This year marked the 10th anniversary of The Roots Picnic in Philly, and it did not disappoint. Here were the five best performances we saw (in order of appearance):
Tunji Ige, who dropped his first mixtape back in 2014 and already has strong collaborations with the likes of GTA and Christine and the Queens, opened the Picnic's South Stage--fitting, since the artist himself is a Philadelphia native. Within minutes of taking the stage it was clear his talents far surpassed his early time slot. Those lucky enough to catch the rising star were treated to a high energy, eclectic, and inspired hip-hop set.
Michael Kiwanuka shook the crowd to their core with his smooth soul music (a break on the otherwise hip hop dominated North Stage). His first act silenced the crowd with a instrumental guitar riff that had the crowd screaming for more. Kiwanuka continues to hail comparisons to Marvin Gaye and Otis Redding, among others, and with good reason. A gem, hidden in the rough, the British artist continues to shine brightly amongst his contemporaries (past and present).
Grammy-winner Thundercat might just be the most sensual musician that played the Picnic. There's a transcendental feeling when he plays, as the audience voyeuristically watches as he makes loves to his bass guitar (the lingering vibrations have almost as much stay power as he does, which speaks wonders to both him and his music). Supporting his recent release, Drunk (2017), Thundercat sure had crowds feeling tipsy.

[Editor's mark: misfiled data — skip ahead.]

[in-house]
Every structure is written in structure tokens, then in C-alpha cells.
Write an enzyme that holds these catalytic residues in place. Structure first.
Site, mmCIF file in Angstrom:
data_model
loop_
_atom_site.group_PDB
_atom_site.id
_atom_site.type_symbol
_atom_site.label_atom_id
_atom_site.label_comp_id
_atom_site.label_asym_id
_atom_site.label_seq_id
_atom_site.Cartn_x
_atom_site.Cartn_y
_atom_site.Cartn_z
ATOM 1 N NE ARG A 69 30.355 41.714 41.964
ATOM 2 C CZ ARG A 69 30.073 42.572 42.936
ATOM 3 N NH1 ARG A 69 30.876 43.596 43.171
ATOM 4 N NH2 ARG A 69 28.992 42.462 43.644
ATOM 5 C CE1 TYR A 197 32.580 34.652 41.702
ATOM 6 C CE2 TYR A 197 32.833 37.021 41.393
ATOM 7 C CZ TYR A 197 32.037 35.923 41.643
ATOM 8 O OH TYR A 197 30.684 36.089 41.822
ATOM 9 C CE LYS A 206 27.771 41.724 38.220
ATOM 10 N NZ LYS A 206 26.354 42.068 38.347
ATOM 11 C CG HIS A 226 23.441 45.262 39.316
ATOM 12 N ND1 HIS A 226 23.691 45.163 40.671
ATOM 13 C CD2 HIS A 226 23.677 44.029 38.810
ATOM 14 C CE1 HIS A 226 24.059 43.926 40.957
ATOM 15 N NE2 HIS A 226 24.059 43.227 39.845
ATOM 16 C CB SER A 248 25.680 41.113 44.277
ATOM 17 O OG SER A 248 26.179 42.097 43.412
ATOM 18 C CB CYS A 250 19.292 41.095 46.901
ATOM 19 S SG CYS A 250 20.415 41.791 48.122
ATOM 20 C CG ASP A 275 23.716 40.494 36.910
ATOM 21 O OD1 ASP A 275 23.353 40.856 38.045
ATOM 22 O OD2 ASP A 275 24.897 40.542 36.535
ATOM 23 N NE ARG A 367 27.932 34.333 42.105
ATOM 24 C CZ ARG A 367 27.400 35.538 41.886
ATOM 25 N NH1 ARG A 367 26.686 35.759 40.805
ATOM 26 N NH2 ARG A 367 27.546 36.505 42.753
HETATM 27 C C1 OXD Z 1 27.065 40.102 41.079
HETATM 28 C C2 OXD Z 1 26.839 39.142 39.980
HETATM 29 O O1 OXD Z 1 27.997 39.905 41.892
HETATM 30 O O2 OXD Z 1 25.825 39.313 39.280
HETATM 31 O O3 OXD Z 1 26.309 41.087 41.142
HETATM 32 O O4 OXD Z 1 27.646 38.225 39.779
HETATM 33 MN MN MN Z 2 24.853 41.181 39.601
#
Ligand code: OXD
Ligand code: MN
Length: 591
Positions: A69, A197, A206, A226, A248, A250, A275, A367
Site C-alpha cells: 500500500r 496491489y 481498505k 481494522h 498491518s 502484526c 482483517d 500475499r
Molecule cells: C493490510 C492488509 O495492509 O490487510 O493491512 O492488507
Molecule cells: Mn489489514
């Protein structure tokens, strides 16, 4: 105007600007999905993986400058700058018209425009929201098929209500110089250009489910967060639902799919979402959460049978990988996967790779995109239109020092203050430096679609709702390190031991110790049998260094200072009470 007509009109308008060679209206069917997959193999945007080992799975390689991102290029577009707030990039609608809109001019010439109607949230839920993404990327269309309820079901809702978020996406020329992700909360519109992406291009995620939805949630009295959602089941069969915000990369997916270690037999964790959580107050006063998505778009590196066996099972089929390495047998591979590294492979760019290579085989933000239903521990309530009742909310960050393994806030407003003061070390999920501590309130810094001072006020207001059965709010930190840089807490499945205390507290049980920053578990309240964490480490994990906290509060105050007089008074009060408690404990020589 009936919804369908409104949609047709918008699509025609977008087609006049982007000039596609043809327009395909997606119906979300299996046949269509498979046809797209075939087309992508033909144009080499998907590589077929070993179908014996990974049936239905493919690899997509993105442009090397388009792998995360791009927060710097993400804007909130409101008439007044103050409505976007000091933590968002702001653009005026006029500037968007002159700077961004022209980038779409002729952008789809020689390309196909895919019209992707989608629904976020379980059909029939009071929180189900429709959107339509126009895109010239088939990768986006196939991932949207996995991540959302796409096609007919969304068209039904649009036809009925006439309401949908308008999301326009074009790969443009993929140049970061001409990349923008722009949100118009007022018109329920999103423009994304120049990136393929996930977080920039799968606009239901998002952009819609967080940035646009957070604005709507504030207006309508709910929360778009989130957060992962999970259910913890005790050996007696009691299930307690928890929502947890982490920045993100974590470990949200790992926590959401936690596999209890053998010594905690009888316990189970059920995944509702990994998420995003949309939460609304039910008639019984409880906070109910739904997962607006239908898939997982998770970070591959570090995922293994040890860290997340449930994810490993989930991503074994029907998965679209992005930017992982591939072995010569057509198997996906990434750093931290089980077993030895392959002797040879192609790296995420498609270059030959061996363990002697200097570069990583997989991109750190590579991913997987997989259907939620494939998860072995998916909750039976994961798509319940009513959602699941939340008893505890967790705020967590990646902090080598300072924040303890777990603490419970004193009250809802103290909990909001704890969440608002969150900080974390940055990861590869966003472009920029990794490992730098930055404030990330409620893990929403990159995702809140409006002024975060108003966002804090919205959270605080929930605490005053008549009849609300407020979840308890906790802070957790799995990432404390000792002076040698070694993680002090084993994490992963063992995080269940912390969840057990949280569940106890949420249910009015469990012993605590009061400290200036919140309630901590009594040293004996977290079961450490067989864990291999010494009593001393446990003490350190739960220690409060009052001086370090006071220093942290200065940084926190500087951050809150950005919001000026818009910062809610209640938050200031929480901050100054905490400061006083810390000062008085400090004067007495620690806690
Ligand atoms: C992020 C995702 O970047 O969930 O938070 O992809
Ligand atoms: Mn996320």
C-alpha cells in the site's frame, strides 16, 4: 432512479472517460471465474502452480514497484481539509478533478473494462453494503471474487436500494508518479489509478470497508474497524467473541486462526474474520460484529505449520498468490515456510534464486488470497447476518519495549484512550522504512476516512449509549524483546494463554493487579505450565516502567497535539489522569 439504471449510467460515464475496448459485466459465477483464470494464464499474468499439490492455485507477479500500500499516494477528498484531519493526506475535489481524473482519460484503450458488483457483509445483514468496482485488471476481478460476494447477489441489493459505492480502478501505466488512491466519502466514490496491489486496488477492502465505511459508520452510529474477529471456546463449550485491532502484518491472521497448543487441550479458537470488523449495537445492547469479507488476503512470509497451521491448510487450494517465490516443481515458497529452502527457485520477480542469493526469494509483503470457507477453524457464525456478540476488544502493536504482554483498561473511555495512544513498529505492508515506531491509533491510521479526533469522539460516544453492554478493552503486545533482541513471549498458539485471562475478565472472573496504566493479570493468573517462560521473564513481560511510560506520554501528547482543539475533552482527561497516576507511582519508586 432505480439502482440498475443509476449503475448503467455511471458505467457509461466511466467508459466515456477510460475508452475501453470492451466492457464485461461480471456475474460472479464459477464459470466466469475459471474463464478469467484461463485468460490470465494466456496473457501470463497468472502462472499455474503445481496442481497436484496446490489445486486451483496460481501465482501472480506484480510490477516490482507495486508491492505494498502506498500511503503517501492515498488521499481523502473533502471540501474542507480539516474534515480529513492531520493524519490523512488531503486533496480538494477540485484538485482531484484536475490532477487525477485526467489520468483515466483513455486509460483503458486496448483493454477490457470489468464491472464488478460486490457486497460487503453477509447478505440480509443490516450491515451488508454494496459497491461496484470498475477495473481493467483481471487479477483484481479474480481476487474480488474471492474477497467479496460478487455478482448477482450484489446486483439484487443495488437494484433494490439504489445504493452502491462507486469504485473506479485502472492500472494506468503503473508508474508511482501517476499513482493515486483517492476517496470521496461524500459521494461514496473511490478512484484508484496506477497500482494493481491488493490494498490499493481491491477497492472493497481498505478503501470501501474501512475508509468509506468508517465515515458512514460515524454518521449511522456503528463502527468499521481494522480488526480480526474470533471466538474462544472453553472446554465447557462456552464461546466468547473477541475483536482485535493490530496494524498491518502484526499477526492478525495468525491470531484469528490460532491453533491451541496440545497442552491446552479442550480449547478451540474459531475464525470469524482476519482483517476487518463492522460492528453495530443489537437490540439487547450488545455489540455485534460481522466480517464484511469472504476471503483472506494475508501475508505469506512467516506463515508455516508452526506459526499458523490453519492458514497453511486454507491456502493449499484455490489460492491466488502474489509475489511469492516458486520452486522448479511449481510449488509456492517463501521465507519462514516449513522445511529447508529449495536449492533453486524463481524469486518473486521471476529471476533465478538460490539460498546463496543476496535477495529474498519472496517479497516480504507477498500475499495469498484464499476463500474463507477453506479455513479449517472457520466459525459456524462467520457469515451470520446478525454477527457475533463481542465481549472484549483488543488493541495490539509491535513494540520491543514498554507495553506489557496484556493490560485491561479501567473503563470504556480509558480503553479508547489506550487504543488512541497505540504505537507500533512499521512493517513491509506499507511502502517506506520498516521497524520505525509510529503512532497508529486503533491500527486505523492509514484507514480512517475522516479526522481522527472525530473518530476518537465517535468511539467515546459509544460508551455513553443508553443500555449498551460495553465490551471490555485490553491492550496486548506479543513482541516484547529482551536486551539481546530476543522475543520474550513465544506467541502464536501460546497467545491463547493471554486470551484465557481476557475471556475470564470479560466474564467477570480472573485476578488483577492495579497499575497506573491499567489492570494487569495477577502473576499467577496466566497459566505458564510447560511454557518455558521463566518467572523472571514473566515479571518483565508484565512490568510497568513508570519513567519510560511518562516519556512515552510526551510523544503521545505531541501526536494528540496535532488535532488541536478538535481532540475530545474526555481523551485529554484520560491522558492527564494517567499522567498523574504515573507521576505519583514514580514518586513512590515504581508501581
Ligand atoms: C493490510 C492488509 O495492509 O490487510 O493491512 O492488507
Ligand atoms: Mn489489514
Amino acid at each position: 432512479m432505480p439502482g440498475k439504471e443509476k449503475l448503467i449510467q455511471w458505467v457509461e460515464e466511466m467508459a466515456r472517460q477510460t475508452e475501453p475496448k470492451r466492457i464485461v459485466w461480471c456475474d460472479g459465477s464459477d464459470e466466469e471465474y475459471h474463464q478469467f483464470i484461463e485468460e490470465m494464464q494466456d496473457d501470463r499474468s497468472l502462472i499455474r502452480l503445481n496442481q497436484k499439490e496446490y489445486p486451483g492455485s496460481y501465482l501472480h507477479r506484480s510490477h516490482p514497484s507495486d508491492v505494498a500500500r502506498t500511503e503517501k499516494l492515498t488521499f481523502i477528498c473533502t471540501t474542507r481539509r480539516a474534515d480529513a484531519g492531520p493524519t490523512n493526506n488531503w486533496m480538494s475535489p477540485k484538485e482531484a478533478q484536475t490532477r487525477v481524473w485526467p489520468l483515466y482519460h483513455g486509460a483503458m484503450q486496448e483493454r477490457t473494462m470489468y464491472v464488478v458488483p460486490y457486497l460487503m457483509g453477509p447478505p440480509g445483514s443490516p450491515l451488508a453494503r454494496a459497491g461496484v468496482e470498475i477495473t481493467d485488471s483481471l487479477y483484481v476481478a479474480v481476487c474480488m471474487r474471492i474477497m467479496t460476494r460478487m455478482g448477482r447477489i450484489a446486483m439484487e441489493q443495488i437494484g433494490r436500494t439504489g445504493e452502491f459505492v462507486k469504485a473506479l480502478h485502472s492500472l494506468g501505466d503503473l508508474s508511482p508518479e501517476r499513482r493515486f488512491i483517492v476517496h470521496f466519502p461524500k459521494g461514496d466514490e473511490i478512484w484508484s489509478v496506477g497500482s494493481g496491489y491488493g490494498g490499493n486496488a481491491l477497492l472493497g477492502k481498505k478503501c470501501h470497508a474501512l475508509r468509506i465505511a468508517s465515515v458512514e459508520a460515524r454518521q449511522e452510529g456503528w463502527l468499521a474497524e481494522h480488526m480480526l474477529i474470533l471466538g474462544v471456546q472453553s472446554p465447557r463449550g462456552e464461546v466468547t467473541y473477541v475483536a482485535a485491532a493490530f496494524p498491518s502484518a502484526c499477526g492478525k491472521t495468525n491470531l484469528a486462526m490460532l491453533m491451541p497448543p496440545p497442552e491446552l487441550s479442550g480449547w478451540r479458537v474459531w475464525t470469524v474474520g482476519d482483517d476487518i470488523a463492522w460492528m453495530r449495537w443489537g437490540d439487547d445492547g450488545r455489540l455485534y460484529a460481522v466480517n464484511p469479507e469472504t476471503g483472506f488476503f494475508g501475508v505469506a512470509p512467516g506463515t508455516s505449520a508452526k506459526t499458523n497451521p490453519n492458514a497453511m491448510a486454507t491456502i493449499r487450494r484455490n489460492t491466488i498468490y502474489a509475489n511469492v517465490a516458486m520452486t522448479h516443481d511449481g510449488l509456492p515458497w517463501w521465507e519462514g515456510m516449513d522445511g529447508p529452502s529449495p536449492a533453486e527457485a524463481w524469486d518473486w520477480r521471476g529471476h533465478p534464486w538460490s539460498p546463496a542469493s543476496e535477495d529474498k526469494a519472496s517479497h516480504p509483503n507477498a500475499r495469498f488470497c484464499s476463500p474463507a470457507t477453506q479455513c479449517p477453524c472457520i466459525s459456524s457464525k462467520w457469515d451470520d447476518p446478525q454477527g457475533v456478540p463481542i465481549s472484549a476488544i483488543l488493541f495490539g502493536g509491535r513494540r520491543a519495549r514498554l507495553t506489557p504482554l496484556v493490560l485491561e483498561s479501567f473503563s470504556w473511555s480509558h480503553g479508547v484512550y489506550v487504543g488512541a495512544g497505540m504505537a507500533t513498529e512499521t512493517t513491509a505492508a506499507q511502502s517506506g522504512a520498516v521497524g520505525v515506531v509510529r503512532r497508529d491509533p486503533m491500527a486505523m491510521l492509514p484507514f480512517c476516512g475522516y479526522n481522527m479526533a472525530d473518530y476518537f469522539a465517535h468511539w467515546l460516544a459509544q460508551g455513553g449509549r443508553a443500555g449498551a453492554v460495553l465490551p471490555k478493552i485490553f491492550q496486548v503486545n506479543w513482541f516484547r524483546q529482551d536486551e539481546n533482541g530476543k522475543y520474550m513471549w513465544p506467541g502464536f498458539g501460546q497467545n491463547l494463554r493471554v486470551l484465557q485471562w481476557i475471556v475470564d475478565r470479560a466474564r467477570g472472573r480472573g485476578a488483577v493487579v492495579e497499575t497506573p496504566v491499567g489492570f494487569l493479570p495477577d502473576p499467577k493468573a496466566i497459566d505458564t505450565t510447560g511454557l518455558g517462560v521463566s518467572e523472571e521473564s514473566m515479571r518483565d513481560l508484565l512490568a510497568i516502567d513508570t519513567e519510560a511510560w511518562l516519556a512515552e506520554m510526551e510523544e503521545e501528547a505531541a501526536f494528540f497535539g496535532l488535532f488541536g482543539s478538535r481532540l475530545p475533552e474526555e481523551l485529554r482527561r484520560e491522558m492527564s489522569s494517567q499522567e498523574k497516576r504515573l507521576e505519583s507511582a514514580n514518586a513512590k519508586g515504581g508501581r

Solange greeted Philadelphia in a sea of crimson and soaked in the adoration of her fans. Art would be an understatement for Solange, her backup dancers/singers, her music, her band, and her performance. As an ensemble it's timeless, effervescent, chilling, and awe-inspiring. Her most recent album, A Seat at the Table (2016), truly resonates more powerfully in person.
Pharrell and The Roots headlined in a whirl of anticipation. The star-studded stage was a sensory overload, with lights, backup dancers, and a full-fledged orchestra all trying to make space for an unparalleled explosion of sound (a funky hip hop pop dream, to put it boldly). The set marked the close of another legendary Picnic outing.
James Vincent McMorrow, with his charmingly sexy voice and aura, captured the audience dead in their tracks early in the day. PNB Rock, another Philadelphian on the bill, drew massive crowds as well as a slew of phone captures from audience members who were steaming and photographing the hip hop artist as he roared across the stage. Mobb Deep and Fat Joe, who made a late appearance in Black Thought & J.Period's Mixtape set. Kimbra, whose sweet smiles were as contagious as her sound. Jeezy, who took the main stage to fill the slot Lil Wayne held (before his unexpected illness) and who managed to hold his own with relative ease.